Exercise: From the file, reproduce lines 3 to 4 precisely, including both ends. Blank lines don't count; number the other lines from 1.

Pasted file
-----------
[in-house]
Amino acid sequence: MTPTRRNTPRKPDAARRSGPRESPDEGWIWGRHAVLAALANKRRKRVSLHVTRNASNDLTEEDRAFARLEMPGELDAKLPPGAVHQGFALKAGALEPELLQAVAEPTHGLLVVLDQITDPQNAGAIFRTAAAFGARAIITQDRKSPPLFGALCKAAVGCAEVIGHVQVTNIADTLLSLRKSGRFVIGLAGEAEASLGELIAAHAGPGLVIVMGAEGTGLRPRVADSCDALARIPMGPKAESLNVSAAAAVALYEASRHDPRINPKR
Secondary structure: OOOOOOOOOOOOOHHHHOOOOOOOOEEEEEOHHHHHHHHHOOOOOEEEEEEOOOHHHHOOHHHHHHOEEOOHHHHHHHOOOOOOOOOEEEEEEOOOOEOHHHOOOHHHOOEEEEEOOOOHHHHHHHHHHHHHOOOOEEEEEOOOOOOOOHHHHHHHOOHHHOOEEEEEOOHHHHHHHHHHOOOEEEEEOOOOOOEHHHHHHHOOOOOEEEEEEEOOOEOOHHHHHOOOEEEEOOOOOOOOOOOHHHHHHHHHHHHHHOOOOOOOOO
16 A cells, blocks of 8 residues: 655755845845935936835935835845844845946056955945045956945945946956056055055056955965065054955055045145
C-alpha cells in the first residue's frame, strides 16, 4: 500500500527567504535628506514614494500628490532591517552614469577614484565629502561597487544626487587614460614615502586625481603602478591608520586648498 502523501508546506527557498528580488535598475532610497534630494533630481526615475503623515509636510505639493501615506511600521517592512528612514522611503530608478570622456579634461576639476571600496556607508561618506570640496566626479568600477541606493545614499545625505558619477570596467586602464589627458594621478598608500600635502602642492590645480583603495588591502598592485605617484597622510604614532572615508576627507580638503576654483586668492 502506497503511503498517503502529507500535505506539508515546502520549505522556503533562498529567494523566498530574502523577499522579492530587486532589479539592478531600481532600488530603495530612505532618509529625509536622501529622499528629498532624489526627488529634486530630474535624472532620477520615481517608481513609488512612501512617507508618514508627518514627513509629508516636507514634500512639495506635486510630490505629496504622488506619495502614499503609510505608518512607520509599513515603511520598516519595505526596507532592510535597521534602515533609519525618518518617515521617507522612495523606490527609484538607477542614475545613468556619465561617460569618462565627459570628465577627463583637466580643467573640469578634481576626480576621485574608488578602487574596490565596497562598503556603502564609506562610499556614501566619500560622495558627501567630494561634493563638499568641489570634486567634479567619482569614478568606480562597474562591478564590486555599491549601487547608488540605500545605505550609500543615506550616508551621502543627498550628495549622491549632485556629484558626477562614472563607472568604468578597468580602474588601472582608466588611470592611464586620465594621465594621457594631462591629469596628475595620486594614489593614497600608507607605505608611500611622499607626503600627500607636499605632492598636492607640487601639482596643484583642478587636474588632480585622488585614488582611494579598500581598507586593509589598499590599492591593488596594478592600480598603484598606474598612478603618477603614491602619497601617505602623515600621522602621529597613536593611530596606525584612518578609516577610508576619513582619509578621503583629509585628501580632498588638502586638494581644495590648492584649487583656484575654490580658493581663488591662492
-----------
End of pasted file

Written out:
Secondary structure: OOOOOOOOOOOOOHHHHOOOOOOOOEEEEEOHHHHHHHHHOOOOOEEEEEEOOOHHHHOOHHHHHHOEEOOHHHHHHHOOOOOOOOOEEEEEEOOOOEOHHHOOOHHHOOEEEEEOOOOHHHHHHHHHHHHHOOOOEEEEEOOOOOOOOHHHHHHHOOHHHOOEEEEEOOHHHHHHHHHHOOOEEEEEOOOOOOEHHHHHHHOOOOOEEEEEEEOOOEOOHHHHHOOOEEEEOOOOOOOOOOOHHHHHHHHHHHHHHOOOOOOOOO
16 A cells, blocks of 8 residues: 655755845845935936835935835845844845946056955945045956945945946956056055055056955965065054955055045145